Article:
You are on page 1of 9


Time management strategies in nursing practice
Susan Waterworth
New Zealand

Senior Lecturer, School of Nursing, Faculty of Medical and Health Sciences, University of Auckland, Auckland,

Submitted for publication 24 July 2002 Accepted for publication 20 April 2003

Correspondence: Susan Waterworth, School of Nursing, Faculty of Medical and Health Sciences, University of Auckland, Private Bag 92019, 85 Park Road, Grafton, Auckland, New Zealand. E-mail:

W A T E R W O R T H S . ( 2 0 0 3 ) Journal of Advanced Nursing 43(5), 432–440 Time management strategies in nursing practice Background. With the increasing emphasis on efficiency and effectiveness in health care, how a nurse manages her time is an important consideration. Whilst time management is recognized as an important component of work performance and professional nursing practice, the reality of this process in nursing practice has been subject to scant empirical investigation. Aim. To explore how nurses organize and manage their time. Methods. A qualitative study was carried out, incorporating narratives (22 nurses), focus groups (24 nurses) and semi-structured interviews (22 nurses). In my role as practitioner researcher I undertook observation and had informal conversations, which provided further data. Study sites were five health care organizations in the United Kingdom during 1995–1999. Findings. Time management is complex, with nurses using a range of time management strategies and a repertoire of actions. Two of these strategies, namely routinization and prioritizing, are discussed, including their implications for understanding time management by nurses in clinical practice. Conclusions. Ignoring the influence of ‘others’, the team and the organization perpetuates a rather individualistic and self-critical perspective of time management. This may lead to a failure to address problems in the organizing of work, and the co-ordinating of care involving other health care workers.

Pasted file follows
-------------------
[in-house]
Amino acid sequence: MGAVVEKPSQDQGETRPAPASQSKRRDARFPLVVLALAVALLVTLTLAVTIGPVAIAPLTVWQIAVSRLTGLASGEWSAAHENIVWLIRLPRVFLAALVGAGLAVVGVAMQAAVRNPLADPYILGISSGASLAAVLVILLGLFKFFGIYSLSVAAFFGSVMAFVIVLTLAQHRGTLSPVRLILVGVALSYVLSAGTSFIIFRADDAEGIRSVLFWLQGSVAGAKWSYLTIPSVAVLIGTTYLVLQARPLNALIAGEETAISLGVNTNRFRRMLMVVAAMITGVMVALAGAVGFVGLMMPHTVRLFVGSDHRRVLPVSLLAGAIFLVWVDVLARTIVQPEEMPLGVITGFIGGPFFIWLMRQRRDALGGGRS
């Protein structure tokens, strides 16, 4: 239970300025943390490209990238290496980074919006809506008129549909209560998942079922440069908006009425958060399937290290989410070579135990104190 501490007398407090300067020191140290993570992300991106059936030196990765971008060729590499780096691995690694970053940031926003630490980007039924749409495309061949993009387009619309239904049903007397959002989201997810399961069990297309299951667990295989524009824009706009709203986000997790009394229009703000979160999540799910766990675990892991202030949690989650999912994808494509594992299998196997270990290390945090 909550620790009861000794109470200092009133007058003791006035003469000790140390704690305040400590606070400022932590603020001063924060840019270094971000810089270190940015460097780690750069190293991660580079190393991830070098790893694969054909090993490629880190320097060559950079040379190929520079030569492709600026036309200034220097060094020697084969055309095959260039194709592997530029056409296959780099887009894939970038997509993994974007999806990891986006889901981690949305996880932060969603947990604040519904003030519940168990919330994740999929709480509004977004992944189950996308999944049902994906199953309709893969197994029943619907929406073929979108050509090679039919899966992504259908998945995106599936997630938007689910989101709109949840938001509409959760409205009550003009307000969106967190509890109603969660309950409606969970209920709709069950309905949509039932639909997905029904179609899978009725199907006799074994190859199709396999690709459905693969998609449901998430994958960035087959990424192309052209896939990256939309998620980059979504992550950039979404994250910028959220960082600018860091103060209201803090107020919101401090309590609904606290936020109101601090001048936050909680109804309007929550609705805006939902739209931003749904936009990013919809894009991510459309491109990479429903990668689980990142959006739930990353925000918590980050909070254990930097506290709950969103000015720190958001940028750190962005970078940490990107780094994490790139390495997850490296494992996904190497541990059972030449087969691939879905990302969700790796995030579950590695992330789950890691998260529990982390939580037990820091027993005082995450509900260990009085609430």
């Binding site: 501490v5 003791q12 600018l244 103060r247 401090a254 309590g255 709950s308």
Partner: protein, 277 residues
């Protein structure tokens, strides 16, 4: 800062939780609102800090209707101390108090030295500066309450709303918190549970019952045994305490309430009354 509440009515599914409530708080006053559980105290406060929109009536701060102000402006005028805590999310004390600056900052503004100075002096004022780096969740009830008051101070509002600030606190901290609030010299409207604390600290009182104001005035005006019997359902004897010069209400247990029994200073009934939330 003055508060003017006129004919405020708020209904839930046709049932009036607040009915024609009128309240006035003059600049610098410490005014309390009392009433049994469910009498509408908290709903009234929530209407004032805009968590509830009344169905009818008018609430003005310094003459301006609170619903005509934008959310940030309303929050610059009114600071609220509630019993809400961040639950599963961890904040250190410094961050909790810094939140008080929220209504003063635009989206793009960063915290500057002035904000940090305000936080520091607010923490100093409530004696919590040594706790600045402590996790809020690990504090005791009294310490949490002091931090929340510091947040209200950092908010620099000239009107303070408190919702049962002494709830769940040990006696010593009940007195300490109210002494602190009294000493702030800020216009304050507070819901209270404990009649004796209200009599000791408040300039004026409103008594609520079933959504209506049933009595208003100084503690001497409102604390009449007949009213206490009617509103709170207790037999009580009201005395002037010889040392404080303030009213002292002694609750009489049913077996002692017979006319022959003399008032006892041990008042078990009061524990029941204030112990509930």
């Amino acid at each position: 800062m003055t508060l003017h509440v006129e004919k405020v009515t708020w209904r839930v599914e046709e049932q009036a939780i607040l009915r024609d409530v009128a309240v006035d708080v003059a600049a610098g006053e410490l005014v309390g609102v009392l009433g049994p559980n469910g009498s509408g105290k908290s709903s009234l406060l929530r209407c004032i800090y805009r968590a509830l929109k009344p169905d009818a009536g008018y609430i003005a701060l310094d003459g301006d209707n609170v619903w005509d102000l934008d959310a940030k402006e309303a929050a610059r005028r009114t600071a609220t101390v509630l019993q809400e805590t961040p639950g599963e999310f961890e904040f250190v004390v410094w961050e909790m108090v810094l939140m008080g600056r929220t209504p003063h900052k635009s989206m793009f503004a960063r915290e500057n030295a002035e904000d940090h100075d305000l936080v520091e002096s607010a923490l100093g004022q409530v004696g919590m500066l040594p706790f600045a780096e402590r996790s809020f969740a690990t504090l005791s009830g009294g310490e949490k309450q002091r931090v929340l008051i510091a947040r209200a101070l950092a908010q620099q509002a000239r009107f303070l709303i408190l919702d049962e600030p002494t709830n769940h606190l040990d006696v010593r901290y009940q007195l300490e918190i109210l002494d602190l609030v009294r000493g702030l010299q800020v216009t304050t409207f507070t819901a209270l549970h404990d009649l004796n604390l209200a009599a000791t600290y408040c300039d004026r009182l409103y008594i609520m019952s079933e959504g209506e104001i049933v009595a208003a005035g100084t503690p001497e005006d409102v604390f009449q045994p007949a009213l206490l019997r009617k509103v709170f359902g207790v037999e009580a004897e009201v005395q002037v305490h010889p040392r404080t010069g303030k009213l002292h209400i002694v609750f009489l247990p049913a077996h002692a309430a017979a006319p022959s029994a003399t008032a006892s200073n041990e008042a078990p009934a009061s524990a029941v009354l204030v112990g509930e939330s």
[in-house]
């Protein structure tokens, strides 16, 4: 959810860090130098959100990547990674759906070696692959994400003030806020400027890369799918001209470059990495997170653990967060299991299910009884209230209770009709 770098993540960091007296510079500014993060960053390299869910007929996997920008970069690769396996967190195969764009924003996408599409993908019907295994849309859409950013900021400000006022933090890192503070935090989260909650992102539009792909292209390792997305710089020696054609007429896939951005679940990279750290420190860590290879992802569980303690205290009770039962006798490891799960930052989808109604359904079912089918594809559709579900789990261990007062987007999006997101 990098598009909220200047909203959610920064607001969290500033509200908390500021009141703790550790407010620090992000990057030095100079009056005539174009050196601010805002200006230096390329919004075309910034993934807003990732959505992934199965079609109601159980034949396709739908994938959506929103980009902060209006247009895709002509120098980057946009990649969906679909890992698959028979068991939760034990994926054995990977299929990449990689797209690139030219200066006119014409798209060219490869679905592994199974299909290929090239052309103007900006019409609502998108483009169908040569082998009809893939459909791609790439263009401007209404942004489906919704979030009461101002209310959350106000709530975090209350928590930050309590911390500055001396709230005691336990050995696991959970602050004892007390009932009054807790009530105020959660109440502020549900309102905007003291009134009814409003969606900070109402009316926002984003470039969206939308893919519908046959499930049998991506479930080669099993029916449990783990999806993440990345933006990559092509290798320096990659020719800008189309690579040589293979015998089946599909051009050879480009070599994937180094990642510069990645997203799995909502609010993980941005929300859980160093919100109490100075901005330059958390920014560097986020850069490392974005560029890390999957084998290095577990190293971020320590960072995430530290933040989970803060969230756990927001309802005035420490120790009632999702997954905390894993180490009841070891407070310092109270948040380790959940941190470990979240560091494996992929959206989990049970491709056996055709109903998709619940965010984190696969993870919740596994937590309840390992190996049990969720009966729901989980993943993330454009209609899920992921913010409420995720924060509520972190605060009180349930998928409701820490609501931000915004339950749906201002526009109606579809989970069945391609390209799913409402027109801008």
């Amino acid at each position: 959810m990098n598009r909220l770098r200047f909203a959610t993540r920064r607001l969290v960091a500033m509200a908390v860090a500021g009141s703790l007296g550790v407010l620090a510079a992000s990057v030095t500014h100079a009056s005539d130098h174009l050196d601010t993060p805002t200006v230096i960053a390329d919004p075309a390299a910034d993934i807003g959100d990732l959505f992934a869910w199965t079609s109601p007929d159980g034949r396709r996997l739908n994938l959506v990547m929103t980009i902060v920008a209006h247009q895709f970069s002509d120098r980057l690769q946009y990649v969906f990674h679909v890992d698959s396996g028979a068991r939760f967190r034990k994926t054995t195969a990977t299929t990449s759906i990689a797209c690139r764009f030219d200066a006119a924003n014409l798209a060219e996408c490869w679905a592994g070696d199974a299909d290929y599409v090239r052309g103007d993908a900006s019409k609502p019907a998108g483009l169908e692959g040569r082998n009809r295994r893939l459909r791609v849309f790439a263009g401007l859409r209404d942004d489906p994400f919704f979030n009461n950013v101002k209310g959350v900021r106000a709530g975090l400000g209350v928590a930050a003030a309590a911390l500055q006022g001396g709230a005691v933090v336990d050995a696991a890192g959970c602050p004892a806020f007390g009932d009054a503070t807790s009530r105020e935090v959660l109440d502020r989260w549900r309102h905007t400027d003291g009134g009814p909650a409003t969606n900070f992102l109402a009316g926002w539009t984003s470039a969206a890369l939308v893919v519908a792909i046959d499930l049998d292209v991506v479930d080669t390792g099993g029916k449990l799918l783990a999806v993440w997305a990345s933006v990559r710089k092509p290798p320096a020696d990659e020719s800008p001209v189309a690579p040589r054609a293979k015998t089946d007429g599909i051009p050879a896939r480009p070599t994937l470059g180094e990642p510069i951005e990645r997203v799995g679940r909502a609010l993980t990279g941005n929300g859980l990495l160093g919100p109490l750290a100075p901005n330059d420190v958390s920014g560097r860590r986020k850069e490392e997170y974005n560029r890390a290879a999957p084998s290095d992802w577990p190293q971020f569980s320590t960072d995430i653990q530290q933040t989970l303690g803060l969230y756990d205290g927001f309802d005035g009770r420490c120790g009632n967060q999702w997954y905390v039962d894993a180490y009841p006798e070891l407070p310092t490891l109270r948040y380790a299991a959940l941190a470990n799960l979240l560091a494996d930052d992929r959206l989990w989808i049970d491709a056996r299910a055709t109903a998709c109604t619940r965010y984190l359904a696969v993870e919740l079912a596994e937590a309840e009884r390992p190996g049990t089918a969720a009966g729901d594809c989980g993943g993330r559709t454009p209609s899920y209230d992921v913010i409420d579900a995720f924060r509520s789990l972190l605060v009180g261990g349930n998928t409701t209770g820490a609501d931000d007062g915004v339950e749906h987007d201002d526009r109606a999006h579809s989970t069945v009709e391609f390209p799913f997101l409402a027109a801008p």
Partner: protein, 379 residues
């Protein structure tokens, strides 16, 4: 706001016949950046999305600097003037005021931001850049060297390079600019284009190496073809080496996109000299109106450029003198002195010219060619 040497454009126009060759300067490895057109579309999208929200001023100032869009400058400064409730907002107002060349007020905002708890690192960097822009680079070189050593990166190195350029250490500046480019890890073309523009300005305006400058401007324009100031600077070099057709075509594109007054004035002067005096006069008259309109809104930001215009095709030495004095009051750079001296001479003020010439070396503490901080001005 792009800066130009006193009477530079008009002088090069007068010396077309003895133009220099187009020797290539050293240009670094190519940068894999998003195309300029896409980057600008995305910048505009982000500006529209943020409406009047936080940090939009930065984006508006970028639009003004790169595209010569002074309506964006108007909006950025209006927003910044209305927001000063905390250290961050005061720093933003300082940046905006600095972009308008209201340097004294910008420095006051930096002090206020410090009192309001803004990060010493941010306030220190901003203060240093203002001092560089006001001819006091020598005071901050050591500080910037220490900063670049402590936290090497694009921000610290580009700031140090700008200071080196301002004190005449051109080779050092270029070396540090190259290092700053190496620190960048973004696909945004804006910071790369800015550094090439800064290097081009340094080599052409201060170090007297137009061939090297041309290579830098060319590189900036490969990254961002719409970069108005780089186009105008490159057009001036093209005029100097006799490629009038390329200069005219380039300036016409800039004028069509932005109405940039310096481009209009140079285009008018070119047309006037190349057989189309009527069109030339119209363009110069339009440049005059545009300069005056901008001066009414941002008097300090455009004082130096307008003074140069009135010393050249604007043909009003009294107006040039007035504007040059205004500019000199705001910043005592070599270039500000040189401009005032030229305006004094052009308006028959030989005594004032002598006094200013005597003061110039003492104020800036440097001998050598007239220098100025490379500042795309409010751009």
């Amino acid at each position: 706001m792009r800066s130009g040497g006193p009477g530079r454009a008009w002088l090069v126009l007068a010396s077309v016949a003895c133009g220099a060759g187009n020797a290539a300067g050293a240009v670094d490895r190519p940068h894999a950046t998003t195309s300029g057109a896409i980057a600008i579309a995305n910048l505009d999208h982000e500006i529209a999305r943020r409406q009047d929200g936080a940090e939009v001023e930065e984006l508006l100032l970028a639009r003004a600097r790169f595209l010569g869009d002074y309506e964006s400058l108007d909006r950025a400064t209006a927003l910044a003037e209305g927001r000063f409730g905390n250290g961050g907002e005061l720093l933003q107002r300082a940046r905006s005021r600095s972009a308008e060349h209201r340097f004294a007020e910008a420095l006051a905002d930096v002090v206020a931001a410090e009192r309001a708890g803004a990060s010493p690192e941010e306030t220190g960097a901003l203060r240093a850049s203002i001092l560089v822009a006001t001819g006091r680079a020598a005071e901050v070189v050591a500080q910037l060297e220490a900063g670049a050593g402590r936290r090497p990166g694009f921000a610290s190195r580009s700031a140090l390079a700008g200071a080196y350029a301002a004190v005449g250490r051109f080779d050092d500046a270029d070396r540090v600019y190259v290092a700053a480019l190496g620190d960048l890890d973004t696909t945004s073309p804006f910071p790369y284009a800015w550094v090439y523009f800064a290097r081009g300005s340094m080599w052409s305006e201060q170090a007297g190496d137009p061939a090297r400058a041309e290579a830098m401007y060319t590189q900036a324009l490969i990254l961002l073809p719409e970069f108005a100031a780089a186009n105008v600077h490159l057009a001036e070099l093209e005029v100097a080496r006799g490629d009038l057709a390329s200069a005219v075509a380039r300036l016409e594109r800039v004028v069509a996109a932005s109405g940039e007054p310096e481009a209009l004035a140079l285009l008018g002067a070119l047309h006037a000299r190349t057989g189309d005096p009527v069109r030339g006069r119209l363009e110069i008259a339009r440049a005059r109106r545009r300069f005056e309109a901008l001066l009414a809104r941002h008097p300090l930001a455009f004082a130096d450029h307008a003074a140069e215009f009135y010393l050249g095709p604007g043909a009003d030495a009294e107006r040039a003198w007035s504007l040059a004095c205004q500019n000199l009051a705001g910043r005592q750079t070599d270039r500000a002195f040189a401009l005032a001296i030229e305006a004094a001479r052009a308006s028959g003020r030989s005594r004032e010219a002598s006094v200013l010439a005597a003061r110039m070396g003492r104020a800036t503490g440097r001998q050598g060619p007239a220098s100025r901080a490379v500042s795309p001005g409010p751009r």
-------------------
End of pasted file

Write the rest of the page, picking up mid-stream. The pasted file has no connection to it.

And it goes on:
Keywords: efficiency, prioritizing, routinization, time management, time strategies, work organization, nursing

Individuals do not invent the concept of time, but learn about it, both as a concept and a social institution, from childhood onwards (Elias 1992). In the Western world, time has been constructed around devices of measurement, such as clocks, calendars and schedules, and these are a representation of particular symbolism (Elias 1992). Time budget studies are one of the oldest approaches for investigating time (Adam 1990). From a nursing perspective, empirical investigation into nurses’ time management has

been overshadowed by this reductionist perspective, typified by task analysis (Waterworth et al. 1999). There is value in this research, as it illustrates the range of tasks and time taken, but the perspectives of nurses themselves have been ignored. This is particularly important when there is an increasing trend to emphasize the ‘invisible’ dimensions (Davies 1995) of nursing work. A previous study (Waterworth 1995), exploring the value of nursing practice from the viewpoint of practitioners, has identified that time with patients is important, but raises the question of how nurses manage their time.
Ó 2003 Blackwell Publishing Ltd